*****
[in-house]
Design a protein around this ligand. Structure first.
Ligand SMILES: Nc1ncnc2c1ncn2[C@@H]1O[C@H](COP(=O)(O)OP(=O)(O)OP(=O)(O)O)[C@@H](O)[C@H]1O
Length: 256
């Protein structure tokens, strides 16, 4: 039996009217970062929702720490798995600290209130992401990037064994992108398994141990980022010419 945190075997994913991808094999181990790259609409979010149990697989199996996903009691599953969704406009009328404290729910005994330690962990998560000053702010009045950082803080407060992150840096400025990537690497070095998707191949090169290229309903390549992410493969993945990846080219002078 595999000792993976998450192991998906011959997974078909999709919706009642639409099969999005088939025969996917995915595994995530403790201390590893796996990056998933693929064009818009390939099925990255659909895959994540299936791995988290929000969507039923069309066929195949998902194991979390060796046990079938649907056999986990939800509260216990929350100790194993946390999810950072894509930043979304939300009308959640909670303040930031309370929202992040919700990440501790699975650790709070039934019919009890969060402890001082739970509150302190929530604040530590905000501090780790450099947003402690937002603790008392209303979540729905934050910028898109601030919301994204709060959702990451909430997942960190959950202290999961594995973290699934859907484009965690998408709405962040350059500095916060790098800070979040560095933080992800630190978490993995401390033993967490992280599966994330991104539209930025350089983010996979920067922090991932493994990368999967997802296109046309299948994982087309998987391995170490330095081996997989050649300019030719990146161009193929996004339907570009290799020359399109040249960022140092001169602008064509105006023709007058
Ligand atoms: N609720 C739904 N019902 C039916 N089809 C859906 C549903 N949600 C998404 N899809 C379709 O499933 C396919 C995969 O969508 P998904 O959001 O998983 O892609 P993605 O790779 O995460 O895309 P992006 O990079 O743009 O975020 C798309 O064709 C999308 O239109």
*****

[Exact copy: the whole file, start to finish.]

[in-house]
Design a protein around this ligand. Structure first.
Ligand SMILES: Nc1ncnc2c1ncn2[C@@H]1O[C@H](COP(=O)(O)OP(=O)(O)OP(=O)(O)O)[C@@H](O)[C@H]1O
Length: 256
């Protein structure tokens, strides 16, 4: 039996009217970062929702720490798995600290209130992401990037064994992108398994141990980022010419 945190075997994913991808094999181990790259609409979010149990697989199996996903009691599953969704406009009328404290729910005994330690962990998560000053702010009045950082803080407060992150840096400025990537690497070095998707191949090169290229309903390549992410493969993945990846080219002078 595999000792993976998450192991998906011959997974078909999709919706009642639409099969999005088939025969996917995915595994995530403790201390590893796996990056998933693929064009818009390939099925990255659909895959994540299936791995988290929000969507039923069309066929195949998902194991979390060796046990079938649907056999986990939800509260216990929350100790194993946390999810950072894509930043979304939300009308959640909670303040930031309370929202992040919700990440501790699975650790709070039934019919009890969060402890001082739970509150302190929530604040530590905000501090780790450099947003402690937002603790008392209303979540729905934050910028898109601030919301994204709060959702990451909430997942960190959950202290999961594995973290699934859907484009965690998408709405962040350059500095916060790098800070979040560095933080992800630190978490993995401390033993967490992280599966994330991104539209930025350089983010996979920067922090991932493994990368999967997802296109046309299948994982087309998987391995170490330095081996997989050649300019030719990146161009193929996004339907570009290799020359399109040249960022140092001169602008064509105006023709007058
Ligand atoms: N609720 C739904 N019902 C039916 N089809 C859906 C549903 N949600 C998404 N899809 C379709 O499933 C396919 C995969 O969508 P998904 O959001 O998983 O892609 P993605 O790779 O995460 O895309 P992006 O990079 O743009 O975020 C798309 O064709 C999308 O239109």